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Justices take legal-malpractice insurance case

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The Indiana Supreme Court granted transfer to a case in which a legal professional liability insurer claimed it didn’t receive actual notice of claims against the attorney, so the former clients couldn’t collect under the plan.

On Nov. 10, the justices took Michael Ashby, et al. v. C. Bruce Davidson Jr., No. 49S04-1011-CV-635. The Bar Plan intervened in complaints filed by clients of the attorney for legal malpractice, claiming because C. Bruce Davidson Jr. didn’t notify the insurer of the claims that he didn’t help with in the investigation. Bar Plan also claimed that because there can be no recovery in the underlying suit, the insurer should be granted summary judgment.

The insurer issued a policy to Davidson, who while that plan was in effect abandoned his law practice and robbed numerous banks in multiple states. He is now disbarred and in prison.

The Indiana Court of Appeals reversed the trial court’s grant of summary judgment and ruled Paint Shuttle Inc. v. Continental Casualty Co., 733 N.E.2d 513 (Ind. Ct. App. 2000), didn’t support the insurer’s arguments, and that the actual notice Bar Plan received from the clients was proper. The appellate court remanded for further proceedings.

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  1. The Conour embarrassment is an example of why it would be a good idea to NOT name public buildings or to erect monuments to "worthy" people until AFTER they have been dead three years, at least. And we also need to stop naming federal buildings and roads after a worthless politician whose only achievement was getting elected multiple times (like a certain Congressman after whom we renamed the largest post office in the state). Also, why have we renamed BOTH the Center Township government center AND the new bus terminal/bum hangout after Julia Carson?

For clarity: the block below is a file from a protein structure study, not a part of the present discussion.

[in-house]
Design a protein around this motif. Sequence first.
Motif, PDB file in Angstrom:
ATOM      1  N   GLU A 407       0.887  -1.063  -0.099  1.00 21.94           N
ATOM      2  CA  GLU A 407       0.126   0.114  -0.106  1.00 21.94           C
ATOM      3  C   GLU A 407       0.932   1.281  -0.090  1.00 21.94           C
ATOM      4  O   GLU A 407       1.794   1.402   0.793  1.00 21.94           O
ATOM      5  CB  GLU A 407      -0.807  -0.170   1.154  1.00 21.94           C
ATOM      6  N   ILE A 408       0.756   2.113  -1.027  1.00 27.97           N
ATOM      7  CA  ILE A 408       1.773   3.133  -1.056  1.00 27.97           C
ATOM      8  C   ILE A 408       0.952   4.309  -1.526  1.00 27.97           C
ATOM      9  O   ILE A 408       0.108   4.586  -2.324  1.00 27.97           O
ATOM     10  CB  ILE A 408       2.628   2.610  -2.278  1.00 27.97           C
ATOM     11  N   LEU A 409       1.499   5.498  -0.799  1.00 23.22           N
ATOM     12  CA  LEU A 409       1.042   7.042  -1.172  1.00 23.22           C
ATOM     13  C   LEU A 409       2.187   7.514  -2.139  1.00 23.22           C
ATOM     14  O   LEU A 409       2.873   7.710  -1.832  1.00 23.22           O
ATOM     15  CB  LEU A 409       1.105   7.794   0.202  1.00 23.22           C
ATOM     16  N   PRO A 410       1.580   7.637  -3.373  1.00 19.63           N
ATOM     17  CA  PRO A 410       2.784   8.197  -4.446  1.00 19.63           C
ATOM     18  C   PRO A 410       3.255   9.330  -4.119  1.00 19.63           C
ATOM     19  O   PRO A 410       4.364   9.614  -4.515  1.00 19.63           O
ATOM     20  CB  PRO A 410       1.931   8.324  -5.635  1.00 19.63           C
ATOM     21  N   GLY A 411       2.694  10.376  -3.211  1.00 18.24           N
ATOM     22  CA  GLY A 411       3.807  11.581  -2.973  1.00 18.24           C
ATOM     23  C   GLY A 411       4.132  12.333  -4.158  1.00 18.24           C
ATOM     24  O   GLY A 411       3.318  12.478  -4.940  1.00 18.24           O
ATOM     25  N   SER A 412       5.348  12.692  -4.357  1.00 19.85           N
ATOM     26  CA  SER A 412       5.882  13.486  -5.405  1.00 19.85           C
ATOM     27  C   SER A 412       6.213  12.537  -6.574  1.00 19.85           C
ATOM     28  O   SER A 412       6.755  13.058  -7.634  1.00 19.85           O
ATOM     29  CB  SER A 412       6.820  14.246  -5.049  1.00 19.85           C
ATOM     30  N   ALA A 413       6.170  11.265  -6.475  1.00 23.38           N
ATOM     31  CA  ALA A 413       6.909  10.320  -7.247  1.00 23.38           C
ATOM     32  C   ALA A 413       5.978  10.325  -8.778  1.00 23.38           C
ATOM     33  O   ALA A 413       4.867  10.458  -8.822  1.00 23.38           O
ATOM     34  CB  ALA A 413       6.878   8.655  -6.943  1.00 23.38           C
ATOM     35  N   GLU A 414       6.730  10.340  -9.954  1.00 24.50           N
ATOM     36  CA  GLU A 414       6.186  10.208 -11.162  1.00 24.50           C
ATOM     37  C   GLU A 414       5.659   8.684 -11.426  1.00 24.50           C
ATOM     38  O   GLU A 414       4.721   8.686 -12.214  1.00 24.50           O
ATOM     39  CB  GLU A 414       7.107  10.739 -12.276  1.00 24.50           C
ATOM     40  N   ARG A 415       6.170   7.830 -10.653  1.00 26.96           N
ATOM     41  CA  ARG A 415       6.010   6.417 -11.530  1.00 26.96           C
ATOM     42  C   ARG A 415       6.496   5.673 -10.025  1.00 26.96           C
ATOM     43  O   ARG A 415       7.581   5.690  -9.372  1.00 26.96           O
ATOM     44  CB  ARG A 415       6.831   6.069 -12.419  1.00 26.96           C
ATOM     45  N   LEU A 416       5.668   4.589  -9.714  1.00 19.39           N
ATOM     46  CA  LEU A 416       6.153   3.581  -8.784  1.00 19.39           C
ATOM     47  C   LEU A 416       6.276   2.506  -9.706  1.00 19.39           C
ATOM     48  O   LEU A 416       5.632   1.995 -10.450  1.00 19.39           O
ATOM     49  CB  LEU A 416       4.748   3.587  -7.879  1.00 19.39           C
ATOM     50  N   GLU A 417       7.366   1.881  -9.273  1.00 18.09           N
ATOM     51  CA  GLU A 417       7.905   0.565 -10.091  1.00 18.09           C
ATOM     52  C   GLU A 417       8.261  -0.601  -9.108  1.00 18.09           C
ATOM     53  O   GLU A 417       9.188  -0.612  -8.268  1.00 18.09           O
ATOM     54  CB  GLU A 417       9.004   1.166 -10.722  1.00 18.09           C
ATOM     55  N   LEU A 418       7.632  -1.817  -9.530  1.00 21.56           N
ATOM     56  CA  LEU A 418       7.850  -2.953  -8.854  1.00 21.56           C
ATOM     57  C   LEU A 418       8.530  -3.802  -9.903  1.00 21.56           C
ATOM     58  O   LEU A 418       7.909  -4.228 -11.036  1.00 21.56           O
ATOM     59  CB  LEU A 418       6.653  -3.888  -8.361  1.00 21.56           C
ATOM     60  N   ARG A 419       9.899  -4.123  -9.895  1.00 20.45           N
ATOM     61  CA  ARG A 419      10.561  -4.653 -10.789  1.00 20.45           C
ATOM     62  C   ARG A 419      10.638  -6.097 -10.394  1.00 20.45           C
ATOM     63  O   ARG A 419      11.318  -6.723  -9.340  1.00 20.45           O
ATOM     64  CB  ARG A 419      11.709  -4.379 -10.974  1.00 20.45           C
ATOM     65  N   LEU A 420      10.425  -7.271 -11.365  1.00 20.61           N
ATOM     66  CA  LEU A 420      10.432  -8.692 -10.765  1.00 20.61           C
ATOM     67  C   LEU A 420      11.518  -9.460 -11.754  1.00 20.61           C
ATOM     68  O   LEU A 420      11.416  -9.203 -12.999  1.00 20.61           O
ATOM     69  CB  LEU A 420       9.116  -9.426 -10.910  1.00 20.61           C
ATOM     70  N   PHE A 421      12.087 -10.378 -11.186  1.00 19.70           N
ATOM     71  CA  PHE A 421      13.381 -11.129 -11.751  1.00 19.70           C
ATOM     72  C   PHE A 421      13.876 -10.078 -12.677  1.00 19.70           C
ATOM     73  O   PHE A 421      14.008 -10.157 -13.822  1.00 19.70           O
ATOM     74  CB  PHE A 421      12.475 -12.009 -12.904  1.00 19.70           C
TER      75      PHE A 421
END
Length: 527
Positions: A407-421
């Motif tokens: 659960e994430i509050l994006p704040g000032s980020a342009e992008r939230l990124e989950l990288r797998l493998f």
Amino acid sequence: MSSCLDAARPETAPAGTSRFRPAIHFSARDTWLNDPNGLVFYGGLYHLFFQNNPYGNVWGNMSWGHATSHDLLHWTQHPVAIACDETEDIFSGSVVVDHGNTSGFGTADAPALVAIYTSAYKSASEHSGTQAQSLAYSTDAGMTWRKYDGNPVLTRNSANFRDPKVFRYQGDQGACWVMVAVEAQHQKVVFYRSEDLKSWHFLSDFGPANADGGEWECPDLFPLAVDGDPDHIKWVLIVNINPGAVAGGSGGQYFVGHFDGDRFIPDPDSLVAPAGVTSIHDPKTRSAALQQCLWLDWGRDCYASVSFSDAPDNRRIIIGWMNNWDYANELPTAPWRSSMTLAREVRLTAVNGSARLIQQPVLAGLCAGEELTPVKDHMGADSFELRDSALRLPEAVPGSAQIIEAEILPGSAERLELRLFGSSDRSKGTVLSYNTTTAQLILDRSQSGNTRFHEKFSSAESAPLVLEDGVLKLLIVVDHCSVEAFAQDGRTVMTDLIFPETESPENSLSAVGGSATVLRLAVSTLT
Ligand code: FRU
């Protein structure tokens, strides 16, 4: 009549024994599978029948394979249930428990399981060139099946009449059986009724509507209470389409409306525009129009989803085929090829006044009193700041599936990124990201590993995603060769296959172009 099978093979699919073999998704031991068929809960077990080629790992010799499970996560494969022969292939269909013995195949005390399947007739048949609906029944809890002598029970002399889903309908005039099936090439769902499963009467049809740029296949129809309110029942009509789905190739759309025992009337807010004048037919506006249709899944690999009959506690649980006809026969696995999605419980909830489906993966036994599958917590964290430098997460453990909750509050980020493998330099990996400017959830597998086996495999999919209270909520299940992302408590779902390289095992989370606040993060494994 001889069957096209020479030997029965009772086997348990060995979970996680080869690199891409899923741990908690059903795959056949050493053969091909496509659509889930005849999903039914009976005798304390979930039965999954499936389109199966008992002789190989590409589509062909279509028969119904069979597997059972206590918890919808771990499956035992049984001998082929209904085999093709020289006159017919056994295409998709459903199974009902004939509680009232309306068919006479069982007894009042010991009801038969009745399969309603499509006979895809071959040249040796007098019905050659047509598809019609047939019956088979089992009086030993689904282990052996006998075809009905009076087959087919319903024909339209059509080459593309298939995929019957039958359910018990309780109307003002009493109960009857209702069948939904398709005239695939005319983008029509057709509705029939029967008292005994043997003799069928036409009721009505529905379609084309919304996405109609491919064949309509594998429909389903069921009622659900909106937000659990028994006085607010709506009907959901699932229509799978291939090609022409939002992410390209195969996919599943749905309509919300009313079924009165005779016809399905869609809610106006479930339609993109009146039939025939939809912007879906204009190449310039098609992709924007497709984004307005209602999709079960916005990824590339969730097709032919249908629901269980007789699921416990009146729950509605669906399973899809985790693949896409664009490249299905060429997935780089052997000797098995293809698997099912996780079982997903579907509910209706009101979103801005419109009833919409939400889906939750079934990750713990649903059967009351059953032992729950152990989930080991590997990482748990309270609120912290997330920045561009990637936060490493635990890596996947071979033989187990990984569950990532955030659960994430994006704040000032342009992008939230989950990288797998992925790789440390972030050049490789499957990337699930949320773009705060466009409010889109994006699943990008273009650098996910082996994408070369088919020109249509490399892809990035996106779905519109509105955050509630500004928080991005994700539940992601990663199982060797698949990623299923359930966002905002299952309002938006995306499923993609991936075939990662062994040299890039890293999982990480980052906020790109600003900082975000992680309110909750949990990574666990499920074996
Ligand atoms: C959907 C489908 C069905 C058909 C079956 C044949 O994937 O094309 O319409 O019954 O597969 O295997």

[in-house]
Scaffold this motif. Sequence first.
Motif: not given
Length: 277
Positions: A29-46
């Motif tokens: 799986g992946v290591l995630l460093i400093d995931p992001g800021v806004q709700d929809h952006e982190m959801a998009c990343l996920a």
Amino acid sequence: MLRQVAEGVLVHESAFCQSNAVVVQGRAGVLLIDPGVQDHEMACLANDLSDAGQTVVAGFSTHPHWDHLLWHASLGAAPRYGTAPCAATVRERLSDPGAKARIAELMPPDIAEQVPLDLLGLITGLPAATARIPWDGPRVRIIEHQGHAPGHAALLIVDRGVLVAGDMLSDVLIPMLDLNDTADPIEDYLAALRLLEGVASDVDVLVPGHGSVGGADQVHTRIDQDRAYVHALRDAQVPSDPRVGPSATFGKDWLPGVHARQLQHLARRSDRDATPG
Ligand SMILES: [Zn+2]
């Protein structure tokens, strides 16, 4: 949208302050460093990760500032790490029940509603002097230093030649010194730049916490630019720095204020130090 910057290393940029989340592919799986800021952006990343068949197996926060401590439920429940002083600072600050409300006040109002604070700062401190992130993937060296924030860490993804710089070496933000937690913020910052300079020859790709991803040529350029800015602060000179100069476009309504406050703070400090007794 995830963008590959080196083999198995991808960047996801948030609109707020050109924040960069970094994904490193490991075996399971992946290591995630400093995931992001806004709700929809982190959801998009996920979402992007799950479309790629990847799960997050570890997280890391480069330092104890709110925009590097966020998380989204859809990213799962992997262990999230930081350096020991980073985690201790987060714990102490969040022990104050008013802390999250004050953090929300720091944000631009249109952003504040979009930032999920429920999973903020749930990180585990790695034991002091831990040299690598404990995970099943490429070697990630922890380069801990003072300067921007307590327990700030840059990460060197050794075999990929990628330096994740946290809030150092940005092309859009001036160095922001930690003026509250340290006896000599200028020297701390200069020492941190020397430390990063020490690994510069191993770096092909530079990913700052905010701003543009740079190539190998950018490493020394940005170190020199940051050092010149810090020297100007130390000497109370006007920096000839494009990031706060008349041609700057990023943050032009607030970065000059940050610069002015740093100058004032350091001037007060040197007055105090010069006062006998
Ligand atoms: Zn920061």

2. Other than a complete lack of any verifiable and valid historical citations to back your wild context-free accusations, you also forget to allege "ate Native American children, ate slave children, ate their own children, and often did it all while using salad forks rather than dinner forks." (gasp)

  3. "So we broke with England for the right to "off" our preborn progeny at will, and allow the processing plant doing the dirty deeds (dirt cheap) to profit on the marketing of those "products of conception." I was completely maleducated on our nation's founding, it would seem. (But I know the ACLU is hard at work to remedy that, too.)" Well, you know, we're just following in the footsteps of our founders who raped women, raped slaves, raped children, maimed immigrants, sold children, stole property, broke promises, broke apart families, killed natives... You know, good God fearing down home Christian folk! :/

  4. Who gives a rats behind about all the fluffy ranking nonsense. What students having to pay off debt need to know is that all schools aren't created equal and students from many schools don't have a snowball's chance of getting a decent paying job straight out of law school. Their lowly ranked lawschool won't tell them that though. When schools start honestly (accurately) reporting *those numbers, things will get interesting real quick, and the looks on student's faces will be priceless!

  5. Whilst it may be true that Judges and Justices enjoy such freedom of time and effort, it certainly does not hold true for the average working person. To say that one must 1) take a day or a half day off work every 3 months, 2) gather a list of information including recent photographs, and 3) set up a time that is convenient for the local sheriff or other such office to complete the registry is more than a bit near-sighted. This may be procedural, and hence, in the near-sighted minds of the court, not 'punishment,' but it is in fact 'punishment.' The local sheriffs probably feel a little punished too by the overwork. Registries serve to punish the offender whilst simultaneously providing the public at large with a false sense of security. The false sense of security is dangerous to the public who may not exercise due diligence by thinking there are no offenders in their locale. In fact, the registry only informs them of those who have been convicted.

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